Soccer Coaching Blog | Professional Soccer Coaching Advice

Being happy is the one thing a young player wants most of all

David ClarkeIn my club I have tried to create a situation where, at each age group, players can develop at their own pace, whilst guaranteeing themselves plenty of playing time in the process. We do this by having more than one team at each age.

This has worked well up until now – with over 40 players fitting into one particular age range. Any player who develops quicker than their contemporaries can move up, while any player struggling has the option of moving down, and I make sure there is no stigma attached to any of the groups.

With everyone playing each week and no-one stuck on the substitutes’ bench, it has been a very successful season. But there’s a problem that has developed…

Because in our club there is no stigma attached to the groups, there is by the same token no sense of achievement for the players who move up through the teams – there is nothing pushing them to advance.

For instance, one player from the third team has developed at a very fast rate this season. He has grown a considerable amount and filled out too, and when playing matches he has really started taking command in the middle of the park.

In short, he is ready to take on a new challenge; after all, there is no point in watching a player become complacent because he thinks he is the best player in the team.

So I suggested he was moved into the second team as I reshuffled the pack at the end of the season. His mum and dad were flattered and were pleased he had progressed so much that I felt he could be moved up.

However, the player dug his heels in – his best friends were in the third team and he wanted to be with them. This caused a real conflict. In one sense, I wanted him to progress as a player, yet on the other side of the coin I knew it was vital for him to have fun and enjoy his soccer without worrying about where he was playing or who his team mates were.

So I spoke to his mum and dad again. We decided between us that it was the right thing to let him stay with his friends because enjoyment was the deciding factor that we should base our decision on.

It goes to show, you can chart your players’ progress, organise meticulously and really build a plan of action, but for most, being happy in playing the game is really all they care about.

And there he is now for another season – unless of course one of his friends plays well enough to get moved up!


1 Comment so far
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Dave, I have a slightly different take on this.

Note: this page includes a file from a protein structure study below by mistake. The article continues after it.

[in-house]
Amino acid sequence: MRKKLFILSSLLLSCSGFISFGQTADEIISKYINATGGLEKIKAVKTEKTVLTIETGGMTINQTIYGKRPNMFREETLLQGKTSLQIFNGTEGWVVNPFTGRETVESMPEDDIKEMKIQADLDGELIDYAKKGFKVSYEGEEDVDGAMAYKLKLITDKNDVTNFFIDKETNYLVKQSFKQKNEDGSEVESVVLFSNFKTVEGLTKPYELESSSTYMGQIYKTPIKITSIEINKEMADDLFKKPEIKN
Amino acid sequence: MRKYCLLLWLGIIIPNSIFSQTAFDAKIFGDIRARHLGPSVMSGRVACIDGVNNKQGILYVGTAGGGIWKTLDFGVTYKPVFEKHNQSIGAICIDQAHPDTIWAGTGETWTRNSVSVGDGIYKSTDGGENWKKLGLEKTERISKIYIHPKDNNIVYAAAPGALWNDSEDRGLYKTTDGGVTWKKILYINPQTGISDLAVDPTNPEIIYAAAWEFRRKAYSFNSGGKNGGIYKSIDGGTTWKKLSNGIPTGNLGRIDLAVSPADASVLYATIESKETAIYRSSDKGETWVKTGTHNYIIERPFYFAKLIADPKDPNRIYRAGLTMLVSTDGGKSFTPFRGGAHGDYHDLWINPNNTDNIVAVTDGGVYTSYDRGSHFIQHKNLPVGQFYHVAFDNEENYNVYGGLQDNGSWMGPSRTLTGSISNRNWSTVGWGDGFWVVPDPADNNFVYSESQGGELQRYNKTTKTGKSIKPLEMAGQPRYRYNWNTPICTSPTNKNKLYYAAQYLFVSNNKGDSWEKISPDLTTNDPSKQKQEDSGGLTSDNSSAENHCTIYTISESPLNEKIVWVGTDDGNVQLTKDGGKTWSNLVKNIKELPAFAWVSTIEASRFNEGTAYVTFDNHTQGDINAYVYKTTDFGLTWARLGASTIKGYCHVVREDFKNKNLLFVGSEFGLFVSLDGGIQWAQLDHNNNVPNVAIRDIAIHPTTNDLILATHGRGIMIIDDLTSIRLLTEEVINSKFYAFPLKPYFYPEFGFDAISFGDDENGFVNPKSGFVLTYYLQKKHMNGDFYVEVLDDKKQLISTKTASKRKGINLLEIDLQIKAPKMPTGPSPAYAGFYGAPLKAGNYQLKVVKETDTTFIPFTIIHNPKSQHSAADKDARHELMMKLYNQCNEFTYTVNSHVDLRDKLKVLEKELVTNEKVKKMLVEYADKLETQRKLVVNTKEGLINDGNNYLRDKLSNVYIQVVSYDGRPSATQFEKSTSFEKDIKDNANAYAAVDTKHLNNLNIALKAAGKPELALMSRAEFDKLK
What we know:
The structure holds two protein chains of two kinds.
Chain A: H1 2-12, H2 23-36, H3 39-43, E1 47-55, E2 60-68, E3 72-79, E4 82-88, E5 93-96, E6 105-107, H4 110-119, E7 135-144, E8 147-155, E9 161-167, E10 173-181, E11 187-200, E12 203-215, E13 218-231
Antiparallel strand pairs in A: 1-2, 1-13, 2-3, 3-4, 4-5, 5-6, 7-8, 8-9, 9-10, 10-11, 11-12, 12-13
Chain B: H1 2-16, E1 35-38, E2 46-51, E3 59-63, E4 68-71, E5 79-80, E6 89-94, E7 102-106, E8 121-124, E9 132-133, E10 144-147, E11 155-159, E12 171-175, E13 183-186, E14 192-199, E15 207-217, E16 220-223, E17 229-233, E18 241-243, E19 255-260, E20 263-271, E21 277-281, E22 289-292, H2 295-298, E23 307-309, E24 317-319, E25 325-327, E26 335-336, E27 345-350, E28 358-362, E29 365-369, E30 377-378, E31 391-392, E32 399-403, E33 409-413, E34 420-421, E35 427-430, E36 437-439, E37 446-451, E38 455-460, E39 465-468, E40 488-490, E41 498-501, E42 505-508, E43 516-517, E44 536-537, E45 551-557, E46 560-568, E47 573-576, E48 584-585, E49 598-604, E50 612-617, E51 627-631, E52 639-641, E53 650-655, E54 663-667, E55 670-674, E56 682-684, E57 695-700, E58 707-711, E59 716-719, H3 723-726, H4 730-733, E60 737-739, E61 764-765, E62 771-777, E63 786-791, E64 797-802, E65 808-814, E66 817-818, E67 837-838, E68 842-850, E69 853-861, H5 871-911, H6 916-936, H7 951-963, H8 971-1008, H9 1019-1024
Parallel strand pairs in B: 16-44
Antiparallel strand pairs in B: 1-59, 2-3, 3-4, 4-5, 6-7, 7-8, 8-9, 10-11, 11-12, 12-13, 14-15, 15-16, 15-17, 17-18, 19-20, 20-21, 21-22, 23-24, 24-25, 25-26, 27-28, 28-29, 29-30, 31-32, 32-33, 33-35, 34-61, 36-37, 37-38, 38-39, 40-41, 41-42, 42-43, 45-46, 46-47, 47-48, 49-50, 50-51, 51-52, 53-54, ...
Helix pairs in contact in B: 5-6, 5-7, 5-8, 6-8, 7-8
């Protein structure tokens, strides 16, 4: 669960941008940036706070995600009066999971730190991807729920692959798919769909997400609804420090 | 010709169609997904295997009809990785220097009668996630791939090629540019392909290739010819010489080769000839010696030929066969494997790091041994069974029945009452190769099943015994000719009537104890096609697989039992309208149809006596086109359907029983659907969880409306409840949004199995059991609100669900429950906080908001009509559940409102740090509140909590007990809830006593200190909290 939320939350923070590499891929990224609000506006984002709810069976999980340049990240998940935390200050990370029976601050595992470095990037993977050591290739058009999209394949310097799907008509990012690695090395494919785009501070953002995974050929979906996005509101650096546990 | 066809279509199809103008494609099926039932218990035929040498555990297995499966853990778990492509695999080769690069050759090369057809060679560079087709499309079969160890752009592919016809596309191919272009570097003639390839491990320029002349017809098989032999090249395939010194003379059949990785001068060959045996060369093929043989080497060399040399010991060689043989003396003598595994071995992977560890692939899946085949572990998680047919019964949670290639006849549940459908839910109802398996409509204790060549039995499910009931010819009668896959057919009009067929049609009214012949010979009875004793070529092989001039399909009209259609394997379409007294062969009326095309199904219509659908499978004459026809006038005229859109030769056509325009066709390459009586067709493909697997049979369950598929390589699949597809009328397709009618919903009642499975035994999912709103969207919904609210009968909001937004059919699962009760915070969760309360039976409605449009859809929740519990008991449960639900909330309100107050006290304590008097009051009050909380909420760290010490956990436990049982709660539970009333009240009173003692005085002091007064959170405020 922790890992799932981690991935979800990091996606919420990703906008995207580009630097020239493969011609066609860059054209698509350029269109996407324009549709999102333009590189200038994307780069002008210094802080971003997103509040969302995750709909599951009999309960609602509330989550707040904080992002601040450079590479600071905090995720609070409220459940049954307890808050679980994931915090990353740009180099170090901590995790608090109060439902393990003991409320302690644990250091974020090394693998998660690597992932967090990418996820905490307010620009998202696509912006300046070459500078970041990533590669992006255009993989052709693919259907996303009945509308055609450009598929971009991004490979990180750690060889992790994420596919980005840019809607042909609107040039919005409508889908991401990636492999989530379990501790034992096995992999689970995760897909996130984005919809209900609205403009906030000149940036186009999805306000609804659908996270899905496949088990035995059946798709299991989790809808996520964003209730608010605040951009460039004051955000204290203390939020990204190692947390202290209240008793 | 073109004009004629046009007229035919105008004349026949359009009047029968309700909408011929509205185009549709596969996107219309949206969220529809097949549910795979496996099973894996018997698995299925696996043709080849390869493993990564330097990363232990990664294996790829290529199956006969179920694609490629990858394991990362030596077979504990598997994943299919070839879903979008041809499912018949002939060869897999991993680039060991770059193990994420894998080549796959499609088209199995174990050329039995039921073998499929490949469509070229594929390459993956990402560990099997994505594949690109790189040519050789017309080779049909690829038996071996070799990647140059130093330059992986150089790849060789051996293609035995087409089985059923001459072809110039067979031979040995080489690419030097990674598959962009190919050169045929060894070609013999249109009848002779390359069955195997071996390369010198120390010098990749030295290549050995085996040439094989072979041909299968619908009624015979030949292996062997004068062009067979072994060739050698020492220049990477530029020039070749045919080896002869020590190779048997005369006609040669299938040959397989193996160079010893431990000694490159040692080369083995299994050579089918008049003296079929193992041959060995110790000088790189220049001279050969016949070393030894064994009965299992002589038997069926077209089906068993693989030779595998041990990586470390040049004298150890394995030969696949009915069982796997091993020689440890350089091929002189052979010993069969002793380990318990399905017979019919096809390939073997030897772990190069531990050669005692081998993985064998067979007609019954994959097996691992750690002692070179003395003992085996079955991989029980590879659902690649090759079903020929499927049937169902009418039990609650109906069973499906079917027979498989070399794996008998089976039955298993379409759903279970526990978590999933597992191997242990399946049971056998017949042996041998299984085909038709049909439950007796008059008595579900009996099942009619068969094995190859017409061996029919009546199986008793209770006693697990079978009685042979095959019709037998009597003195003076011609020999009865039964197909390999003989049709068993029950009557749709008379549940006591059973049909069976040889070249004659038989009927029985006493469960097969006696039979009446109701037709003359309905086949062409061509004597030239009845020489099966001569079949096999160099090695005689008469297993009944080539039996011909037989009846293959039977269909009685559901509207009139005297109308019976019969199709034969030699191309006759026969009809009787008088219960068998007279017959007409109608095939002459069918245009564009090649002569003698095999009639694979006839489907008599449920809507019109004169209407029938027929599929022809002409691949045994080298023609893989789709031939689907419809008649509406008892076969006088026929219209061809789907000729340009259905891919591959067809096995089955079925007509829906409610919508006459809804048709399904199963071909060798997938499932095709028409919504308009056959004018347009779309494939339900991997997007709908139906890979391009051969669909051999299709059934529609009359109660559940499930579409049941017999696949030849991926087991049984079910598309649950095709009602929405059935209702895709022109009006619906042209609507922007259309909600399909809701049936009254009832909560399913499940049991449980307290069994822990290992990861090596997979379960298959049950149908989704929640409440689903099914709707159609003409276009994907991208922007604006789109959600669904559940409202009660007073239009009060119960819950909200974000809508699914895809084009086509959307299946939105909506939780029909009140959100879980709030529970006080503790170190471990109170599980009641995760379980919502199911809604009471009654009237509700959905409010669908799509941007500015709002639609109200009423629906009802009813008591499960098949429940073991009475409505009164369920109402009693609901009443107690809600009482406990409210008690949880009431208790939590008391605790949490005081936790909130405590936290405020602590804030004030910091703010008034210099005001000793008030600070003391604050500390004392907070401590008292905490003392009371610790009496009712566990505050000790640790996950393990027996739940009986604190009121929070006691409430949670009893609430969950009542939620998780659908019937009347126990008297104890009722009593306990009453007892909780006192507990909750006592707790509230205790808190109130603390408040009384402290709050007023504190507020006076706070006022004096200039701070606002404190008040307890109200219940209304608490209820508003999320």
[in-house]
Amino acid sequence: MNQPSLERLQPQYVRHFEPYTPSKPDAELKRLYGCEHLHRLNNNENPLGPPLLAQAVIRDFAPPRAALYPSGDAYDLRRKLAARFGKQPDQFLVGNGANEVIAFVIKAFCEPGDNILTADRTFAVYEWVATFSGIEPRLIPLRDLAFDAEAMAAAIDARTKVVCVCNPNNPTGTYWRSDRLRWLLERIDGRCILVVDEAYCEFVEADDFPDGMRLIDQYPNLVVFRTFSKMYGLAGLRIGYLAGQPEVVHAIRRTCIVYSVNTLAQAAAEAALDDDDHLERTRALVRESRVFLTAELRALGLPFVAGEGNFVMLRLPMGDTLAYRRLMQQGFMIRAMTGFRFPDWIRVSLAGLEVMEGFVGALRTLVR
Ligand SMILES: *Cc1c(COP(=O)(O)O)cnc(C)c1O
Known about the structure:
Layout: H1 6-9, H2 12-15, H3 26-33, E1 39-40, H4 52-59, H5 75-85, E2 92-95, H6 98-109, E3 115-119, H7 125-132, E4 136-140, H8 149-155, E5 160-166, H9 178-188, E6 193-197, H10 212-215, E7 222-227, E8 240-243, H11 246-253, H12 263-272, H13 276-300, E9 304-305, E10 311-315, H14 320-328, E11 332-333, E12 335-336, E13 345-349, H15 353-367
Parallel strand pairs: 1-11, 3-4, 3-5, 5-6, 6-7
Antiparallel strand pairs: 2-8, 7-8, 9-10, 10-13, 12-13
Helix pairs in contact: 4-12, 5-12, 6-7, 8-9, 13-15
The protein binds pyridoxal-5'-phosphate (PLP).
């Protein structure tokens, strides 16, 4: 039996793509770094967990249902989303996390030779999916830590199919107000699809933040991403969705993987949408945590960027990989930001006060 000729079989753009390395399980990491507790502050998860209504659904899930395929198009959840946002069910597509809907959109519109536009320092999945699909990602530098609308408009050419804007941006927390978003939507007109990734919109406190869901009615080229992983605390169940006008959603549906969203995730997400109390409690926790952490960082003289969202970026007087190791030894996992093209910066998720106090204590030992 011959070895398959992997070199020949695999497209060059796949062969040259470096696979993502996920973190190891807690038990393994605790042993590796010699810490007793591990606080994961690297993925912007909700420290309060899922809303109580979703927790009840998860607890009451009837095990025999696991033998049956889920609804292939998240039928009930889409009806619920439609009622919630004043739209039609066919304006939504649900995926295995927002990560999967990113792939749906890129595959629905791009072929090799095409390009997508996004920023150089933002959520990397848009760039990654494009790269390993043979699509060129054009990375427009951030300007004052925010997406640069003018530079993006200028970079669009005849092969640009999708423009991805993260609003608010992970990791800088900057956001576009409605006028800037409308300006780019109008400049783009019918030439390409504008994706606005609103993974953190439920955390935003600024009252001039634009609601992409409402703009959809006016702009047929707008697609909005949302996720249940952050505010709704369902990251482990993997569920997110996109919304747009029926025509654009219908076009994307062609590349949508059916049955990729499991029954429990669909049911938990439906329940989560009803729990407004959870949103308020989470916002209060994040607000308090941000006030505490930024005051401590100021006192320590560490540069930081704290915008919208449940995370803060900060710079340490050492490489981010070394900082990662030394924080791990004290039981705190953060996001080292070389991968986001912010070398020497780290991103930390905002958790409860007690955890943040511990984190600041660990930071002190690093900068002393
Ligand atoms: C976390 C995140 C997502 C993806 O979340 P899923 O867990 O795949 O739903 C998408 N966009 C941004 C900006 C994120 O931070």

Within any team you can expect to find a group who are forging ahead, a group struggling to keep up and the majority coping well in the middle. In a training session, a good coach can tailor the environment to ensure every child is suitably challenged, and everyone has a chance of success.

On a match day, the coach has less control. You are now faced with an opponent of unknown quality who is trying to defeat you. For the players who on match day are forging ahead, you as the coach can set them extra challenges in the game. It could be making better use of the “second favourite foot”, performing a greater variety of 1v1 moves to beat an opponent or making an assist for team mates. For the majority that are finding the match provides the appropriate level of challenge and motivation, the game serves it purpose.

The greatest challenge for the coach is how to set goals and targets for the player that is struggling. Is it sufficient to set objectives that are within the reach of the player and yet consistently fall below the expectations of the other players? It might be the opponent presents an exceptionally tough challenge, and it’s a one-off scenario. But if it’s the same situation repeated week after week, you need to take some kind of action to prevent the loss of confidence and damage to their self-esteem.

Therefore, ensuring players are able to compete in matches against appropriate opposition on a regular basis is crucial. To avoid individual players suffering this misfortune, look to move them to a team that are playing opponents of similar ability.

In summary, a different thought process, but with same outcome.

Best Regards

Comment by Graham Goddard

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